New York limo in fatal crash failed inspection, driver did not have appropriate license, governor says

The limousine driver didn’t have an appropriate license to operate the vehicle when it failed to stop at a dangerous intersection in upstate New York on Saturday, killing 18 occupants heading to a birthday party and two bystanders, New York Gov. Andrew Cuomo said on Monday.

The limousine, operated by Prestige Limousine, also failed an inspection last month conducted by the New York State Department of Motor Vehicles, Cuomo told reporters prior to New York City’s Columbus Day Parade.

"The owner of the company had no business putting a failed vehicle on the road," Cuomo said. "Prestige has a lot of questions to answer."

NEW YORK INTERSECTION WHERE LIMO CRASHED, KILLING 20, IS NOTORIOUSLY DANGEROUS, STORE OWNER SAYS

A cease-and-desist order was issued to the limousine company as authorities continue to investigate the crash, the governor said.

A woman kneels after placing flowers, Sunday, Oct. 7, 2018, at the scene where 20 people died as the result of a limousine crashing into a parked and unoccupied SUV at an intersection a day earlier, in Schoharie, N.Y. (AP)

A woman kneels after placing flowers, Sunday, Oct. 7, 2018, at the scene where 20 people died as the result of a limousine crashing into a parked and unoccupied SUV at an intersection a day earlier, in Schoharie, N.Y. (AP)

"We don't yet know the cause of the accident—if it was a vehicle malfunction, if it was a driver malfunction, a driver error. That's part of the ongoing investigation between the NTSB and the State Police," Cuomo said about the collision that killed 20.

The 2001 Ford Excursion limousine was heading down Route 30 when it failed to stop at the T-junction with state Route 30A. It then crashed into an unoccupied SUV parked at Apple Barrel Country Store and Café in Schoharie, a town 43 miles west of Albany.

Apple Barrel owner Jessica Kirby told the New York Times the limousine was traveling down the hill at “probably over 60 mph” on a road with a 50 mile-per-hour speed limit.

Prior to the deadly collision, one of the occupants had texted a family member about the “terrible condition” of the limousine. Valerie Abeling — the aunt of Erin Vertucci and her new husband Shane McGowan, who were both killed — told the Washington Post her daughter received a text from the couple just 20 minutes before the deadly accident. Abeling said her daughter was not in the vehicle but was invited to the birthday party.

“The vehicle appeared in terrible condition,” Abeling told the newspaper about the text.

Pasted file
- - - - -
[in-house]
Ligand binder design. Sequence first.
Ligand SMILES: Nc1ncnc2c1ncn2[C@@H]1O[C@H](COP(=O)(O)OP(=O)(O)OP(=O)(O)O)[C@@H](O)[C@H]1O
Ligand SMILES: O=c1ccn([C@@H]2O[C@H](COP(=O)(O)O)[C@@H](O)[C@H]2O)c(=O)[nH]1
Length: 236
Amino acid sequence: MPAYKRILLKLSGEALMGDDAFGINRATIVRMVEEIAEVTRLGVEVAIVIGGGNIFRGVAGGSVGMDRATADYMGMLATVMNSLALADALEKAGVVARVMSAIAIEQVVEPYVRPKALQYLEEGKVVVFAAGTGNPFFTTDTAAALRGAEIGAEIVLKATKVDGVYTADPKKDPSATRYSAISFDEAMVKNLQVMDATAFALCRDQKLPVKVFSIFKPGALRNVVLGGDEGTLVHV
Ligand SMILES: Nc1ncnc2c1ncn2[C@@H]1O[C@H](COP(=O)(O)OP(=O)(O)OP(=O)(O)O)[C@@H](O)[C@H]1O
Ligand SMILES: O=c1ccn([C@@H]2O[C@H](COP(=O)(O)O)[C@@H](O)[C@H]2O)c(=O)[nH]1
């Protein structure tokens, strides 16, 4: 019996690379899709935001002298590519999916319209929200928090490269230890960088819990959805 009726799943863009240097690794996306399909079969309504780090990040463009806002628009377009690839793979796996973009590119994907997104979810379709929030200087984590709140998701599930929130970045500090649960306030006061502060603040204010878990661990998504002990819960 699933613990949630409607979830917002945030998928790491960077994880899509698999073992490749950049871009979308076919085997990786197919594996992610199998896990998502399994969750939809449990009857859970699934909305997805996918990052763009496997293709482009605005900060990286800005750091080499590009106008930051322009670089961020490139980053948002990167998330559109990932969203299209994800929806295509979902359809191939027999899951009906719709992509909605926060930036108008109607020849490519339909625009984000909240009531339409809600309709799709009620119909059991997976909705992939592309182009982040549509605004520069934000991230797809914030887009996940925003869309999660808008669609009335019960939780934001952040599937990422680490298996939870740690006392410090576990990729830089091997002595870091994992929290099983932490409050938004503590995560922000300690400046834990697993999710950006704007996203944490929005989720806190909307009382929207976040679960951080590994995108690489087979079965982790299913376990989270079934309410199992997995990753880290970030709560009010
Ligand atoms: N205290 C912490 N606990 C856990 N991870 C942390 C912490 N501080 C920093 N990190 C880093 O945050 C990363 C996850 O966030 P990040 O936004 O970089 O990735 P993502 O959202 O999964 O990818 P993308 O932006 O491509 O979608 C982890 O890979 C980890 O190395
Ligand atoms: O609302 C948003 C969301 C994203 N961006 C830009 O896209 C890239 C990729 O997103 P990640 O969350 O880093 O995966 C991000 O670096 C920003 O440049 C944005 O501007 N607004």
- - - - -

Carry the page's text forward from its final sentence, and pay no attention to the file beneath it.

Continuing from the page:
NEW YORK CRASH VICTIM TEXT MESSAGED THAT LIMO WAS IN ‘TERRIBLE CONDITION’ BEFORE ACCIDENT KILLED 20

Abeling added that the group had initially rented “some kind of bus” but ended up in the limousine after the original rental broke down.

State police say 20 people died in a crash in upstate New York that local officials say involved a limousine near a crowded tourist spot.

State police say 20 people died in a crash in upstate New York that local officials say involved a limousine near a crowded tourist spot. (AP)

“These were friends just starting their lives, getting married and this is how it ended,” Abeling told the paper. “It’s a tragic loss of beautiful souls.”

The intersection at the crash site is also notoriously known to be dangerous. Officials attempted to make the area safer about seven years ago — but improvements failed to prevent accidents.

"There have been tractor trailers that have come barreling down that hill and it was a miracle they didn't kill somebody," Schoharie Town Supervisor Alan Tavenner previously told the Times Union of Albany.

Debris scatters an area at the site of Saturday's fatal crash Schoharie, N.Y.

Debris scatters an area at the site of Saturday's fatal crash Schoharie, N.Y. (AP)

The crash appeared to be the deadliest land-vehicle accident in the U.S. since a bus ferrying nursing home patients away from Hurricane Rita caught fire in Texas 2005, killing 23.

And it is the deadliest transportation accident overall since February 2009, when a plane crash near Buffalo, New York, killed 50 people, said National Transportation Safety Board chairman Robert Sumwalt. The NTSB is investigating Saturday's crash.

Fox News' Benjamin Brown and The Associated Press contributed to this report.